WIPO Arbitration and Mediation Center
ADMINISTRATIVE PANEL DECISION
E. Remy Martin & Co v. Chiu Tien Fu
Case No. D2011-2159
1. The Parties
The Complainant is E. Remy Martin & Co of Cognac, France, represented by Nameshield, France.
The Respondent is Chiu Tien Fu of Taipei, Taiwan, province of China, self-represented.
2. The Domain Name and Registrar
The disputed domain name <人头马.com> is registered with Name.com LLC.
3. Procedural History
The Complaint was filed with the WIPO Arbitration and Mediation Center (the “Center”) on December 8, 2011. On December 8, 2011, the Center transmitted by email to Name.com LLC. a request for registrar verification in connection with the disputed domain name. On December 13, 2011, Name.com LLC. transmitted by email to the Center its verification response confirming that the Respondent is listed as the registrant and providing the contact details. On December 12, 2011, the Center sent an email communication to the Complainant regarding the annexes to the Complaint. The Complainant filed an amended Complaint on December 12, 2011.
The Center verified that the Complaint together with the amended Complaint satisfied the formal requirements of the Uniform Domain Name Dispute Resolution Policy (the “Policy” or “UDRP”), the Rules for Uniform Domain Name Dispute Resolution Policy (the “Rules”), and the WIPO Supplemental Rules for Uniform Domain Name Dispute Resolution Policy (the “Supplemental Rules”).
In accordance with the Rules, paragraphs 2(a) and 4(a), the Center formally notified the Respondent of the Complaint, and the proceedings commenced on December 23, 2011. In accordance with the Rules, paragraph 5(a), the due date for Response was January 12, 2012. The Response was filed with the Center on January 12, 2012.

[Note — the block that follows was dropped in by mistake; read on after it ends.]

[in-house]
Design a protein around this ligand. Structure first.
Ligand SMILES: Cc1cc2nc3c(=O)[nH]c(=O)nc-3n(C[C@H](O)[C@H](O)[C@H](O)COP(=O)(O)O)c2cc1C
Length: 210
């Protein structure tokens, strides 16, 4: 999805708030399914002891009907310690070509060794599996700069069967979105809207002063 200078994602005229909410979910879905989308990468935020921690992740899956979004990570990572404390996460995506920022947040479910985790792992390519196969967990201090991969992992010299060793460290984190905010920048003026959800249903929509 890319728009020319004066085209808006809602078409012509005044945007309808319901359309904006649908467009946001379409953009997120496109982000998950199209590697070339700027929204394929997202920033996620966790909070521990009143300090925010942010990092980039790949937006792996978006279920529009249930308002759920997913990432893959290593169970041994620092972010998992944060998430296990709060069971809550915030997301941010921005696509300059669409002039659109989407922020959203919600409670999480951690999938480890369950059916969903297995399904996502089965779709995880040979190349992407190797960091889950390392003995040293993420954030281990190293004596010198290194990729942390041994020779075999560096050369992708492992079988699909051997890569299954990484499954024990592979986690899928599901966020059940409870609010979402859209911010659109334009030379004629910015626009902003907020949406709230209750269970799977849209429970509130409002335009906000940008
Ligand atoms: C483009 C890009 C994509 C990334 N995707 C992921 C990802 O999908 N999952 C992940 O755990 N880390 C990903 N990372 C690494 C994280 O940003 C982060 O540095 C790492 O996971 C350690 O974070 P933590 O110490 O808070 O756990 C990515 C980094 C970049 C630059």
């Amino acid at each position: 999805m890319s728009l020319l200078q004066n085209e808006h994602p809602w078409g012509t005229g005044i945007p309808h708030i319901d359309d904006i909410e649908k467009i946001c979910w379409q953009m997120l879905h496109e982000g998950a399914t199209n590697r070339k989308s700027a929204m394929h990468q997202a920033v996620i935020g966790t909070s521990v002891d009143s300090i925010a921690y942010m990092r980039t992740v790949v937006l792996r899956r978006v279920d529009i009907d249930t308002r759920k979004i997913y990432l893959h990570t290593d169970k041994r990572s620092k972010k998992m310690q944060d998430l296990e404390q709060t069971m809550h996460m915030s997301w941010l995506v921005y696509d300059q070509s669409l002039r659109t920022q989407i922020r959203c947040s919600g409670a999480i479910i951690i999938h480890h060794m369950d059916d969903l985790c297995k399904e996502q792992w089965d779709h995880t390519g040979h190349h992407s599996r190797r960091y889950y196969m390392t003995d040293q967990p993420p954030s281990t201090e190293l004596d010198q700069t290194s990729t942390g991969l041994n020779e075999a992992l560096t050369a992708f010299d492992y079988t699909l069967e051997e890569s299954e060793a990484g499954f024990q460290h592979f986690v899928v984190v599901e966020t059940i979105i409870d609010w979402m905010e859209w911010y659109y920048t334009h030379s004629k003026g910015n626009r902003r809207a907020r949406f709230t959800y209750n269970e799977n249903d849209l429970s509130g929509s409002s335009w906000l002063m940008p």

The Center appointed Sebastian M.W. Hughes as the sole panelist in this matter on January 30, 2012. The Panel finds that it was properly constituted. The Panel has submitted the Statement of Acceptance and Declaration of Impartiality and Independence, as required by the Center to ensure compliance with the Rules, paragraph 7.
4. Factual Background
The Complainant is a company incorporated in France producing and selling high quality cognacs and liquors and the owner of registrations in China for the trade mark人头马 (the “Trade Mark”), the earliest registration dating from October 28, 1996. The Trade Mark has been recognized as a well-known trade mark in China by the Trade Mark Office of the State Administration for Industry and Commerce of the People’s Republic of China.
The Respondent is an individual apparently with an address in Taiwan, province of China.
C. The Disputed Domain Name
The disputed domain name was registered on August 13, 2007.
5. Parties’ Contentions
The Complainant made the following submissions in the Complaint.
The Complainant and its predecessors in title have been producing and selling high quality cognacs and liquors since 1724. The Complainant sells 95% of its products outside France.
The Trade Mark is well-known in China. The Trade Mark, which literally means “man head horse”, is the Chinese language translation of the Complainant’s Remy Martin Centaur Logo. Persons in China associate the Trade Mark exclusively with the Complainant.
The disputed domain name is confusingly similar to the Trade Mark. It comprises the Trade Mark in its entirety.
The disputed domain name is resolved to a website offering commercial links, including links to products of the Complainant (the “Website”).
The Respondent has no rights or legitimate interests in the disputed domain name and has registered and is using the disputed domain name in bad faith to intentionally attract Internet users, for commercial gain, to the Website, by creating confusion with the Trade Mark.